a = None # No value will be assigned. Any valid datatype can be assigned later

Python 3.x Version ≥ 3.0

None doesn’t have any natural ordering. Using ordering comparison operators (<, <=, >=, >) isn’t supported anymore and will raise a TypeError.

Python 2.x Version ≤ 2.7

None is always less than any number (None < -32 evaluates to True).

Testing the type of variables

In python, we can check the datatype of an object using the built-in function type.

a = '123'

print(type(a))

Out: <class 'str'> b = 123 print(type(b))

Out: <class 'int'>

In conditional statements it is possible to test the datatype with isinstance. However, it is usually not encouraged to rely on the type of the variable.

i = 7

if isinstance(i, int):

i += 1

elif isinstance(i, str):

i = int(i)

i += 1

For information on the differences between type() and isinstance() read: Differences between isinstance and type in Python

To test if something is of NoneType:

x = None

if x is None:

print('Not a surprise, I just defined x as None.')

Converting between datatypes

You can perform explicit datatype conversion.

For example, ‘123’ is of str type and it can be converted to integer using int function.

a = '123'

b = int(a)

Converting from a float string such as ‘123.456’ can be done using float function.

a = '123.456'
b = float(a)
c = int(a) # ValueError: invalid literal for int() with base 10: '123.456'
d = int(b) # 123

You can also convert sequence or collection types

a = ‘hello’

list(a) # [‘h’, ‘e’, ‘l’, ‘l’, ‘o’]

set(a) # {‘o’, ‘e’, ‘l’, ‘h’}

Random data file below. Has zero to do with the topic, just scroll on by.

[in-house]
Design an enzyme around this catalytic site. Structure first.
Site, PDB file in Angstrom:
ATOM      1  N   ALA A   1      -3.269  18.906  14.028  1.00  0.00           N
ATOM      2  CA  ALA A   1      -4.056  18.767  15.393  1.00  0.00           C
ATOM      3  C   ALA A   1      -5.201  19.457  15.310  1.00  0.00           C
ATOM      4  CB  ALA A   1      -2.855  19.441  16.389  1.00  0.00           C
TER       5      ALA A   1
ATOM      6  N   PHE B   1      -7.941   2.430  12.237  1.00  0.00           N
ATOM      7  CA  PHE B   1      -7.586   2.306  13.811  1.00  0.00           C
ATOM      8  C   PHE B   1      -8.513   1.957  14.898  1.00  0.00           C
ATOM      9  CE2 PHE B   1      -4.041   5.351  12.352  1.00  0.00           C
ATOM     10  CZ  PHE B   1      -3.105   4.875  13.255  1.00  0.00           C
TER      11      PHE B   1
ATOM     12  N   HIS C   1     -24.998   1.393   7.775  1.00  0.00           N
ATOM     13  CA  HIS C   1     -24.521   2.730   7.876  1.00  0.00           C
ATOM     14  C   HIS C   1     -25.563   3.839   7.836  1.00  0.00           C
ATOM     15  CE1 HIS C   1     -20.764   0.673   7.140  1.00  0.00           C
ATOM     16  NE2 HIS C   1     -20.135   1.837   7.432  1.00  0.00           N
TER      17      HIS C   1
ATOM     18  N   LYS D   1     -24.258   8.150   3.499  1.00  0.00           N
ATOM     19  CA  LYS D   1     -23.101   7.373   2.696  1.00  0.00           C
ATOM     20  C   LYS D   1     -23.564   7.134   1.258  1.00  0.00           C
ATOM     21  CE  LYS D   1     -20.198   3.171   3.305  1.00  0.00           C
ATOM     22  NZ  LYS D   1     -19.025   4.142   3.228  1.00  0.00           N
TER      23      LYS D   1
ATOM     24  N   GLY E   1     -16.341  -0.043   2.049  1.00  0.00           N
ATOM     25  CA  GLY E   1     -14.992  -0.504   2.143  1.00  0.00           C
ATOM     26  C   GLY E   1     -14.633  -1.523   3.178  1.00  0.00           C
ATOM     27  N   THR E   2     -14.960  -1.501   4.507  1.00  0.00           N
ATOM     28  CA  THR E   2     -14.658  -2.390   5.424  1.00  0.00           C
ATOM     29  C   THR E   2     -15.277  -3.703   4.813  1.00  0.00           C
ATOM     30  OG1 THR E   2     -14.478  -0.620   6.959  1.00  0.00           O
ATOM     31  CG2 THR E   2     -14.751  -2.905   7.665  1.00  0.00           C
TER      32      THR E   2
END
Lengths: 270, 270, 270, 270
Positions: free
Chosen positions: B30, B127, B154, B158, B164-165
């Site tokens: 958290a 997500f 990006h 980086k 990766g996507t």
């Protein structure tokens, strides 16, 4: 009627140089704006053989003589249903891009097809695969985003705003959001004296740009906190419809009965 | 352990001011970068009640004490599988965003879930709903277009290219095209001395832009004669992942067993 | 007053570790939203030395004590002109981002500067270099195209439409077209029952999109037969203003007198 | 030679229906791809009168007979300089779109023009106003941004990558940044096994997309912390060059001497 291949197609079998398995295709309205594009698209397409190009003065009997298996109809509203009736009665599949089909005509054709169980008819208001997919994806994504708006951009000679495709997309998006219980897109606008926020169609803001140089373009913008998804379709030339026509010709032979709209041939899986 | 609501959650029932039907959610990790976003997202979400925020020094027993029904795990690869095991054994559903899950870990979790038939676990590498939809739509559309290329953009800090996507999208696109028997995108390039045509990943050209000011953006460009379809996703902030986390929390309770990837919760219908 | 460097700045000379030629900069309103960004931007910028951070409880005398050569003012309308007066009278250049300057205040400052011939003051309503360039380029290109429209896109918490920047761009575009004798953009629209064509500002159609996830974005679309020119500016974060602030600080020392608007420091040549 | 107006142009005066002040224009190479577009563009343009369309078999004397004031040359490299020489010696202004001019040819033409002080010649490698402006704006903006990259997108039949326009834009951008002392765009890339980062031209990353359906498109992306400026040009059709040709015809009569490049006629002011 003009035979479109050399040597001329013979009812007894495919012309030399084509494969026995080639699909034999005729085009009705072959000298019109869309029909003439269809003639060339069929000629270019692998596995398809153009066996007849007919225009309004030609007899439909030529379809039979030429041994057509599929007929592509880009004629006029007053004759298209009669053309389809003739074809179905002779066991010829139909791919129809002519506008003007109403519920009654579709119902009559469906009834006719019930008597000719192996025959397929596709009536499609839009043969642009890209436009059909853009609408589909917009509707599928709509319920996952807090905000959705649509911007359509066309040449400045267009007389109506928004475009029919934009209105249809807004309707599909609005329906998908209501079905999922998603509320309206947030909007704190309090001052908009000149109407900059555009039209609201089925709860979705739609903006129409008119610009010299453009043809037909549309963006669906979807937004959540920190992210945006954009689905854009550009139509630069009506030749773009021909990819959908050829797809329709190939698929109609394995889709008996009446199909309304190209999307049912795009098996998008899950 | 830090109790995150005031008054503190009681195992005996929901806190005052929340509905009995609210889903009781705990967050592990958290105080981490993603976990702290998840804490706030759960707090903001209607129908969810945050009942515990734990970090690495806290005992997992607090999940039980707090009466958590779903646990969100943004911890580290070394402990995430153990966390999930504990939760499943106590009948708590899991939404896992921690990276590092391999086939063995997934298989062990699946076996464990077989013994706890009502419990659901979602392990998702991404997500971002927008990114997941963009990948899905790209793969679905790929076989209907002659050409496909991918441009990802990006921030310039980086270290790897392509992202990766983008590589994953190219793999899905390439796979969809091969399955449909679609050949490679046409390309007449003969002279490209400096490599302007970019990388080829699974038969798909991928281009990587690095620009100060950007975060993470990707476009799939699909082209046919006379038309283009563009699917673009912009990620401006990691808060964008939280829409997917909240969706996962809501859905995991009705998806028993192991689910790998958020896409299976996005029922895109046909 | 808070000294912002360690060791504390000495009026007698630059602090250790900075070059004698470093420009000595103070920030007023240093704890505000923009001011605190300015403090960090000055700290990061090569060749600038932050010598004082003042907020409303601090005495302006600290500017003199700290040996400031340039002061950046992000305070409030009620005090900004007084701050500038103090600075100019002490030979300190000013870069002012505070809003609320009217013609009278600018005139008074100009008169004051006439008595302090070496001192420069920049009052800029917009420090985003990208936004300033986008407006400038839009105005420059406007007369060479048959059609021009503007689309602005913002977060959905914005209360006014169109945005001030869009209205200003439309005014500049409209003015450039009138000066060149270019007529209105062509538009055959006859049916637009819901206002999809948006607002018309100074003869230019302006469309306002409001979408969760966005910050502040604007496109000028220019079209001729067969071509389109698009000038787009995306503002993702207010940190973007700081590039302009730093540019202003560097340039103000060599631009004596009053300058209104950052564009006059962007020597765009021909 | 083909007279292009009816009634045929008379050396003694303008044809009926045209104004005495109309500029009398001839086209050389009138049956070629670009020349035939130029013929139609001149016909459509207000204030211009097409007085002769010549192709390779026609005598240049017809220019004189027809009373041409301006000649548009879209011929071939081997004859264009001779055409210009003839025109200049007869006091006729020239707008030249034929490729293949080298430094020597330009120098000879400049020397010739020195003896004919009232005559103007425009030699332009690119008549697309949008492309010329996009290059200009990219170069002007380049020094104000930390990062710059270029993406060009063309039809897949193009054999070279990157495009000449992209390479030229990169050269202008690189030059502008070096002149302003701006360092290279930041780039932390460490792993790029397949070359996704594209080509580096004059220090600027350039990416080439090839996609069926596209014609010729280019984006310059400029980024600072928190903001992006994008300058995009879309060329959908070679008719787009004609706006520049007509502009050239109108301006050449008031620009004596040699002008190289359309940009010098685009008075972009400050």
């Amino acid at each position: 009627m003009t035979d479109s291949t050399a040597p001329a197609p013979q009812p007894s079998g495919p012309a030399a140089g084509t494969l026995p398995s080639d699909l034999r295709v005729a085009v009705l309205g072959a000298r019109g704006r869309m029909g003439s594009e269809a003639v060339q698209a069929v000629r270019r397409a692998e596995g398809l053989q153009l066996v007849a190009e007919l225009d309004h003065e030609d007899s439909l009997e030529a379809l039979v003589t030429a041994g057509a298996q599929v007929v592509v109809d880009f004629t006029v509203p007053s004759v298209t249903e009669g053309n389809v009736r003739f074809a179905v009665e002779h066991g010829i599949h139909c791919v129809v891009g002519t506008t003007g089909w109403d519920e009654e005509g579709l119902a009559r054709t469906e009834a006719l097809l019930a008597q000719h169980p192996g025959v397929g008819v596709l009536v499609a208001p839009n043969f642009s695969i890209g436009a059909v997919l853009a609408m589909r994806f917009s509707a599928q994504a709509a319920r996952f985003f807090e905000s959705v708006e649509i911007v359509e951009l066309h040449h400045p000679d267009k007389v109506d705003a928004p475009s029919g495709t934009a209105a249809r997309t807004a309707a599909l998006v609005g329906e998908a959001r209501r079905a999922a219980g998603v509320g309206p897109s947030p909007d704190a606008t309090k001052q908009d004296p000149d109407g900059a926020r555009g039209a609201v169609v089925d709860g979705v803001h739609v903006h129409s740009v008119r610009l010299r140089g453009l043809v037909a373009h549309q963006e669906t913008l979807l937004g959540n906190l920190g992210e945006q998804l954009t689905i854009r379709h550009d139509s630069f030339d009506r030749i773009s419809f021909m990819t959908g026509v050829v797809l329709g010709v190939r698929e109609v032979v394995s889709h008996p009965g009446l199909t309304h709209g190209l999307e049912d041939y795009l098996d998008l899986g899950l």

tuple(a) # (‘h’, ‘e’, ‘l’, ‘l’, ‘o’)

Explicit string type at definition of literals

With one letter labels just in front of the quotes you can tell what type of string you want to define.

  • b’foo bar’: results bytes in Python 3, str in Python 2
  • u’foo bar’: results str in Python 3, unicode in Python 2
  • ‘foo bar’: results str
  • r’foo bar’: results so called raw string, where escaping special characters is not necessary, everything is taken verbatim as you typed
normal    = 'foo\nbar'    # foo
bar
escaped = 'foo\nbar'  # foo\nbar
raw    = r'foo\nbar'   # foo\nbar

Mutable and Immutable Data Types

An object is called mutable if it can be changed. For example, when you pass a list to some function, the list can be changed:

def f(m):

m.append(3) # adds a number to the list. This is a mutation.

x = [1, 2]

f(x)

x == [1, 2] # False now, since an item was added to the list

An object is called immutable if it cannot be changed in any way. For example, integers are immutable, since there’s no way to change them:

def bar():

x = (1, 2)

g(x)

x == (1, 2) # Will always be True, since no function can change the object (1, 2)

Note that variables themselves are mutable, so we can reassign the variable x, but this does not change the object that x had previously pointed to. It only made x point to a new object.

Data types whose instances are mutable are called mutable data types, and similarly for immutable objects and datatypes.

Examples of immutable Data Types:

  • int, long, float, complex
  • str
  • bytes
  • tuple
  • frozenset

Examples of mutable Data Types:

  • bytearray
  • list
  • set
  • dict